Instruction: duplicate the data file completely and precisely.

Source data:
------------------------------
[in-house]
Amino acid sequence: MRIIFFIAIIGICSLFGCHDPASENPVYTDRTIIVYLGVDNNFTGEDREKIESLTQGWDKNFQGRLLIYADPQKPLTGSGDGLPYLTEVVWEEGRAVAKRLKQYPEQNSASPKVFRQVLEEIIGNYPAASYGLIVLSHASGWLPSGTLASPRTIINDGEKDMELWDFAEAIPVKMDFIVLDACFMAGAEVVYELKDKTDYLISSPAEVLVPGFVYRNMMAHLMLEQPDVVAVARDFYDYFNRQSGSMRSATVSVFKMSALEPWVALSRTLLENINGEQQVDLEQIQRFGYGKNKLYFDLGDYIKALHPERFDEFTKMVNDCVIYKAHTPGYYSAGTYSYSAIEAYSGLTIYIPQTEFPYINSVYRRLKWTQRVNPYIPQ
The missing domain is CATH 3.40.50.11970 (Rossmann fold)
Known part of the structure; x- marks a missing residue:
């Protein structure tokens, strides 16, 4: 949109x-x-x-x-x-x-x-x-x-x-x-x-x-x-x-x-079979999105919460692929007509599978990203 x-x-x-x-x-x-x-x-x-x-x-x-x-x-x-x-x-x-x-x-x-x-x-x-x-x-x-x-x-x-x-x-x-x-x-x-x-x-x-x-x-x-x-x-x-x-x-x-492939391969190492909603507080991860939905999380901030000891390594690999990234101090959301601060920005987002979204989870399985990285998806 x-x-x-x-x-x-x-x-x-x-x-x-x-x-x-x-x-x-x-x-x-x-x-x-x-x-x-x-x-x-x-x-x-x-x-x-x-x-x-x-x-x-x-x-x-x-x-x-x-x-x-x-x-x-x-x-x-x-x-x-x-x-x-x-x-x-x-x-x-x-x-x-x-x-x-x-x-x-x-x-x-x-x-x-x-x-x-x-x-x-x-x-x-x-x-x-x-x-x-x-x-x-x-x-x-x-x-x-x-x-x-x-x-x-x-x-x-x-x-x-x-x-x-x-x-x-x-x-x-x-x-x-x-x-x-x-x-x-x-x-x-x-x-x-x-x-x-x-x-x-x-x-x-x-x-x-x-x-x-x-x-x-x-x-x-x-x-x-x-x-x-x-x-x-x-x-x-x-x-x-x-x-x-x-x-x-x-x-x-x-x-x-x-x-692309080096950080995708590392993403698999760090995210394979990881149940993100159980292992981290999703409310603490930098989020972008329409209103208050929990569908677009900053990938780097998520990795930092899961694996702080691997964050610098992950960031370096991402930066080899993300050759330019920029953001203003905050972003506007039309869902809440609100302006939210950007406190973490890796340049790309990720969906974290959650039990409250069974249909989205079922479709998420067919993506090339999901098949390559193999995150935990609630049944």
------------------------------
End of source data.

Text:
[in-house]
Amino acid sequence: MRIIFFIAIIGICSLFGCHDPASENPVYTDRTIIVYLGVDNNFTGEDREKIESLTQGWDKNFQGRLLIYADPQKPLTGSGDGLPYLTEVVWEEGRAVAKRLKQYPEQNSASPKVFRQVLEEIIGNYPAASYGLIVLSHASGWLPSGTLASPRTIINDGEKDMELWDFAEAIPVKMDFIVLDACFMAGAEVVYELKDKTDYLISSPAEVLVPGFVYRNMMAHLMLEQPDVVAVARDFYDYFNRQSGSMRSATVSVFKMSALEPWVALSRTLLENINGEQQVDLEQIQRFGYGKNKLYFDLGDYIKALHPERFDEFTKMVNDCVIYKAHTPGYYSAGTYSYSAIEAYSGLTIYIPQTEFPYINSVYRRLKWTQRVNPYIPQ
The missing domain is CATH 3.40.50.11970 (Rossmann fold)
Known part of the structure; x- marks a missing residue:
């Protein structure tokens, strides 16, 4: 949109x-x-x-x-x-x-x-x-x-x-x-x-x-x-x-x-079979999105919460692929007509599978990203 x-x-x-x-x-x-x-x-x-x-x-x-x-x-x-x-x-x-x-x-x-x-x-x-x-x-x-x-x-x-x-x-x-x-x-x-x-x-x-x-x-x-x-x-x-x-x-x-492939391969190492909603507080991860939905999380901030000891390594690999990234101090959301601060920005987002979204989870399985990285998806 x-x-x-x-x-x-x-x-x-x-x-x-x-x-x-x-x-x-x-x-x-x-x-x-x-x-x-x-x-x-x-x-x-x-x-x-x-x-x-x-x-x-x-x-x-x-x-x-x-x-x-x-x-x-x-x-x-x-x-x-x-x-x-x-x-x-x-x-x-x-x-x-x-x-x-x-x-x-x-x-x-x-x-x-x-x-x-x-x-x-x-x-x-x-x-x-x-x-x-x-x-x-x-x-x-x-x-x-x-x-x-x-x-x-x-x-x-x-x-x-x-x-x-x-x-x-x-x-x-x-x-x-x-x-x-x-x-x-x-x-x-x-x-x-x-x-x-x-x-x-x-x-x-x-x-x-x-x-x-x-x-x-x-x-x-x-x-x-x-x-x-x-x-x-x-x-x-x-x-x-x-x-x-x-x-x-x-x-x-x-x-x-x-x-692309080096950080995708590392993403698999760090995210394979990881149940993100159980292992981290999703409310603490930098989020972008329409209103208050929990569908677009900053990938780097998520990795930092899961694996702080691997964050610098992950960031370096991402930066080899993300050759330019920029953001203003905050972003506007039309869902809440609100302006939210950007406190973490890796340049790309990720969906974290959650039990409250069974249909989205079922479709998420067919993506090339999901098949390559193999995150935990609630049944």